Verizon’s criticisms are valid from a scientific perspective; OpenSignal’s sample is not randomly selected, as the sample for an ideal experiment should be. Its methodology ignores connections that cannot be made, an important criterion no matter where one lives. But that doesn’t make OpenSignal’s coverage maps useless.

If you live in an urban area, as 80% of the U. S. population does, OpenSignal maps provide a good prediction of what a given carrier’s coverage and signal quality may be. If you don’t drive into the boondocks very often, you won’t miss rural coverage. Dead zones may not be measured, but the absence of data points in a given area certainly implies the existence of a dead zone.

I recently moved to a rural area, and was pleasantly surprised to see that OpenSignal's coverage map was quite comprehensive. I was able to confirm that Verizon has a good strong signal, AT&T is a close second, and T-Mobile would not be a good choice here.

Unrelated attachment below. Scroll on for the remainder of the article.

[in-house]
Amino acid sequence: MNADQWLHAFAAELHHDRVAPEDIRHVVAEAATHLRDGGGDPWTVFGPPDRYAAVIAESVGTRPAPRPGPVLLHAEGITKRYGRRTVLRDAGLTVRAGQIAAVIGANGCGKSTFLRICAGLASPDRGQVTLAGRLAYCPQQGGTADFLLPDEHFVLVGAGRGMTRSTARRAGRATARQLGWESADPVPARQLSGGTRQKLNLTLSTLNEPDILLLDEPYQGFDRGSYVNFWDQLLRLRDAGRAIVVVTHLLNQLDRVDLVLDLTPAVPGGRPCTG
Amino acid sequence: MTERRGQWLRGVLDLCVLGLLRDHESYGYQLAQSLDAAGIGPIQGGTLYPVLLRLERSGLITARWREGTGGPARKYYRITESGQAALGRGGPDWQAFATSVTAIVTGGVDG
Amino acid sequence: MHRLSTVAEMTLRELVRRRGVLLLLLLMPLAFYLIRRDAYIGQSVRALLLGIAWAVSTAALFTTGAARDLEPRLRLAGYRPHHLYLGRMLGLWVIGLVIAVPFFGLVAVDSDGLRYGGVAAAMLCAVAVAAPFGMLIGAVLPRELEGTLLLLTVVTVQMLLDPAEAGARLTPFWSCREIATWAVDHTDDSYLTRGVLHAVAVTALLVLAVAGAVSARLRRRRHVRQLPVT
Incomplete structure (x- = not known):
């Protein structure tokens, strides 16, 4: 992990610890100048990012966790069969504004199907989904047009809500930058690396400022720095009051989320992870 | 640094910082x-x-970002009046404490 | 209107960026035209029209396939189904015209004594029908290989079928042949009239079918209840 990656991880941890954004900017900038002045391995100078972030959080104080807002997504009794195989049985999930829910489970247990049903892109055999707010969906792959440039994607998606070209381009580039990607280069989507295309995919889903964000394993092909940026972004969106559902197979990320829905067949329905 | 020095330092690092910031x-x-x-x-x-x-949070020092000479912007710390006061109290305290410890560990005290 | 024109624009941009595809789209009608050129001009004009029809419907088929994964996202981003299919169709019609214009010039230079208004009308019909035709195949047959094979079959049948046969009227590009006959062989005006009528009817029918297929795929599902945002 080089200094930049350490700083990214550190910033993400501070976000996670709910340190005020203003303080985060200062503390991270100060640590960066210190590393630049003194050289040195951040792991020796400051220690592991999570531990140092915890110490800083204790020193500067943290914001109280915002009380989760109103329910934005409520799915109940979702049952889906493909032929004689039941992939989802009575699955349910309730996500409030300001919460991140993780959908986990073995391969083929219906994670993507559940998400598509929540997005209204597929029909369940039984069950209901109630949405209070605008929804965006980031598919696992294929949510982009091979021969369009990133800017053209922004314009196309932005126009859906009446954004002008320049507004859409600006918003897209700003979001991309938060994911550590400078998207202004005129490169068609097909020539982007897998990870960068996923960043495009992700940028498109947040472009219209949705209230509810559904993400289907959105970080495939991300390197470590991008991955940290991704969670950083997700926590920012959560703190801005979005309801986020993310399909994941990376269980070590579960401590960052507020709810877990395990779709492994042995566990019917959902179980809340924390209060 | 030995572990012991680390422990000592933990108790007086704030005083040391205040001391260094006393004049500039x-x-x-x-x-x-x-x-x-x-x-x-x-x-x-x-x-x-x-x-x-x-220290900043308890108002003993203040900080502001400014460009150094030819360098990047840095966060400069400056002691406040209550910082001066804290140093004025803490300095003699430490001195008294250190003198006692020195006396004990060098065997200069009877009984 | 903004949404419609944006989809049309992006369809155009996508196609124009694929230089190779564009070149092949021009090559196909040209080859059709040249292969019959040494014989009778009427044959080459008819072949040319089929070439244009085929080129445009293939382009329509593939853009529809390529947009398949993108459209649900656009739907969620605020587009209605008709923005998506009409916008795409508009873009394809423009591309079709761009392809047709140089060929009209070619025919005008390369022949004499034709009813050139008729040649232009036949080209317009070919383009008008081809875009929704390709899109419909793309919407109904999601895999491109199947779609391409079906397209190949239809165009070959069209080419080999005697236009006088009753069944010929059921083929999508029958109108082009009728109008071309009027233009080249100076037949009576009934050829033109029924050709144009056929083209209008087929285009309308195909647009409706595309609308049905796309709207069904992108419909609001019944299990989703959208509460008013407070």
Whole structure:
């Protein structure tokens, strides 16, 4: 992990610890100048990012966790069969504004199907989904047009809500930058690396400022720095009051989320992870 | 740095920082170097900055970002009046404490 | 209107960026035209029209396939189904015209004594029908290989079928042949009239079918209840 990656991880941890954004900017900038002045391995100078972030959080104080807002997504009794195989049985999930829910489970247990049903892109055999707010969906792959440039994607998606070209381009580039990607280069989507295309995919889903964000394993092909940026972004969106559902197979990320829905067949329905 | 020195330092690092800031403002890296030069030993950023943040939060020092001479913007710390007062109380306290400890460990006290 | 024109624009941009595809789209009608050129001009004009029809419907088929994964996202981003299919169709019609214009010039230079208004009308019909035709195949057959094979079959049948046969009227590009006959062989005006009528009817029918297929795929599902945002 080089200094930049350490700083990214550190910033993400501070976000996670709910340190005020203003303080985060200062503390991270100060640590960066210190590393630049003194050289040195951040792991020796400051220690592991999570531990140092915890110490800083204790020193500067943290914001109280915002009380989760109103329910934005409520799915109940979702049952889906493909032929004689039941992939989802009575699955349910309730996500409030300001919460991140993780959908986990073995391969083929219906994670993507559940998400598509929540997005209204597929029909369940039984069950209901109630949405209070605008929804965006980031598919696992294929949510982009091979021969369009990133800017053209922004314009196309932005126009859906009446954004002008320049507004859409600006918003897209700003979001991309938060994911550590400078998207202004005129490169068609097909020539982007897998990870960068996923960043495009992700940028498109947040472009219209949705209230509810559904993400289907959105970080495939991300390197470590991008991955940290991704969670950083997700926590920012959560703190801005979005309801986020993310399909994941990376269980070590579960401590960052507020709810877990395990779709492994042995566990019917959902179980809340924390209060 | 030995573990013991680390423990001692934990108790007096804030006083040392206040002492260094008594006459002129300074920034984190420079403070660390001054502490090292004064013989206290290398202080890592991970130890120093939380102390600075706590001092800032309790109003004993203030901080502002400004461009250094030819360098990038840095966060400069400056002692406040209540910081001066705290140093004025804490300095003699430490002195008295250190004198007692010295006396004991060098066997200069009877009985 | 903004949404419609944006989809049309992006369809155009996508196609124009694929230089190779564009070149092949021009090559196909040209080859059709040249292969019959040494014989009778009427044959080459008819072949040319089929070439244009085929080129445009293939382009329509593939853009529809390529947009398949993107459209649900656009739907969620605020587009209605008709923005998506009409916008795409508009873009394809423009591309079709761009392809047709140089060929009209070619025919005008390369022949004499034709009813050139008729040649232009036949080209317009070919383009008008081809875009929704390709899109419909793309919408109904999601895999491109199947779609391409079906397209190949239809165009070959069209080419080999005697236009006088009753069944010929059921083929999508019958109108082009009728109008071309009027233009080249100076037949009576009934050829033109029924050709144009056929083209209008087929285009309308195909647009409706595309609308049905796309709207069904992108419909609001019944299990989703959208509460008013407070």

Verdict: A Useful Tool

Overall, OpenSignal is a useful tool for the vast majority of users, and it is free of the perceived bias that attaches to professional tests paid for by the company that stands to benefit from the test results. So, which would you trust: OpenSignal’s coverage maps and comparisons, or the professional baseline reports that Verizon recommends?

But wait, there’s more! The average smartphone includes 15 different types of sensors these days, enabling measurements of everything from battery charge to ambient weather factors to the presence of Bluetooth and WiFi connections. OpenSignal offers several crowdsourced apps that can be your personal weather station, help you find a free WiFi connection, and more.

The OpenSignal mobile app will help you improve your mobile signal, and recommend the best mobile operator in any area. The signal pointer will tell you which direction to go in order to find a stronger signal. By installing it, you'll be part of a collaborative effort helping others get a better signal too.